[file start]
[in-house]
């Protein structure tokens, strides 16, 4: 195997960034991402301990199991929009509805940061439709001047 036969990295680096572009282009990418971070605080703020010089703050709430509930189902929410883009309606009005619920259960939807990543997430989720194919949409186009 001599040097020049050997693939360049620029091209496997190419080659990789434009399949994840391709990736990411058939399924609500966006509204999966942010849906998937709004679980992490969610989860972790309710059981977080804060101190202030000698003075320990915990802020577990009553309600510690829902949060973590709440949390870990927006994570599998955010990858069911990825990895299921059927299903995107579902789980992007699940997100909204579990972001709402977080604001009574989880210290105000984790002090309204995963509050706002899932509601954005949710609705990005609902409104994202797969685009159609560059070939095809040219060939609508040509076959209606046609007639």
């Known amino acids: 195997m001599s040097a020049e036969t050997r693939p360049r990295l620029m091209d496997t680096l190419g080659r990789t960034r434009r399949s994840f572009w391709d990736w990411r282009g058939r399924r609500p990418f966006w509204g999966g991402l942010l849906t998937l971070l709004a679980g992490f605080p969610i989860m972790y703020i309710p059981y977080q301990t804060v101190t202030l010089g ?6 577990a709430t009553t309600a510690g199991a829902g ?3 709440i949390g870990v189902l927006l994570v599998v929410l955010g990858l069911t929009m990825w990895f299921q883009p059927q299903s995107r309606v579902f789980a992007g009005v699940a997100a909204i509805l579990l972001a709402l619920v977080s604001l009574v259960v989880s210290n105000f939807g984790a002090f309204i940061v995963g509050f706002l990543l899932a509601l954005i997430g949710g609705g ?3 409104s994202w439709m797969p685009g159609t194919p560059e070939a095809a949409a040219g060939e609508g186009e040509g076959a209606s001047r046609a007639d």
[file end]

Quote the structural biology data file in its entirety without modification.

[in-house]
């Protein structure tokens, strides 16, 4: 195997960034991402301990199991929009509805940061439709001047 036969990295680096572009282009990418971070605080703020010089703050709430509930189902929410883009309606009005619920259960939807990543997430989720194919949409186009 001599040097020049050997693939360049620029091209496997190419080659990789434009399949994840391709990736990411058939399924609500966006509204999966942010849906998937709004679980992490969610989860972790309710059981977080804060101190202030000698003075320990915990802020577990009553309600510690829902949060973590709440949390870990927006994570599998955010990858069911990825990895299921059927299903995107579902789980992007699940997100909204579990972001709402977080604001009574989880210290105000984790002090309204995963509050706002899932509601954005949710609705990005609902409104994202797969685009159609560059070939095809040219060939609508040509076959209606046609007639």
């Known amino acids: 195997m001599s040097a020049e036969t050997r693939p360049r990295l620029m091209d496997t680096l190419g080659r990789t960034r434009r399949s994840f572009w391709d990736w990411r282009g058939r399924r609500p990418f966006w509204g999966g991402l942010l849906t998937l971070l709004a679980g992490f605080p969610i989860m972790y703020i309710p059981y977080q301990t804060v101190t202030l010089g ?6 577990a709430t009553t309600a510690g199991a829902g ?3 709440i949390g870990v189902l927006l994570v599998v929410l955010g990858l069911t929009m990825w990895f299921q883009p059927q299903s995107r309606v579902f789980a992007g009005v699940a997100a909204i509805l579990l972001a709402l619920v977080s604001l009574v259960v989880s210290n105000f939807g984790a002090f309204i940061v995963g509050f706002l990543l899932a509601l954005i997430g949710g609705g ?3 409104s994202w439709m797969p685009g159609t194919p560059e070939a095809a949409a040219g060939e609508g186009e040509g076959a209606s001047r046609a007639d």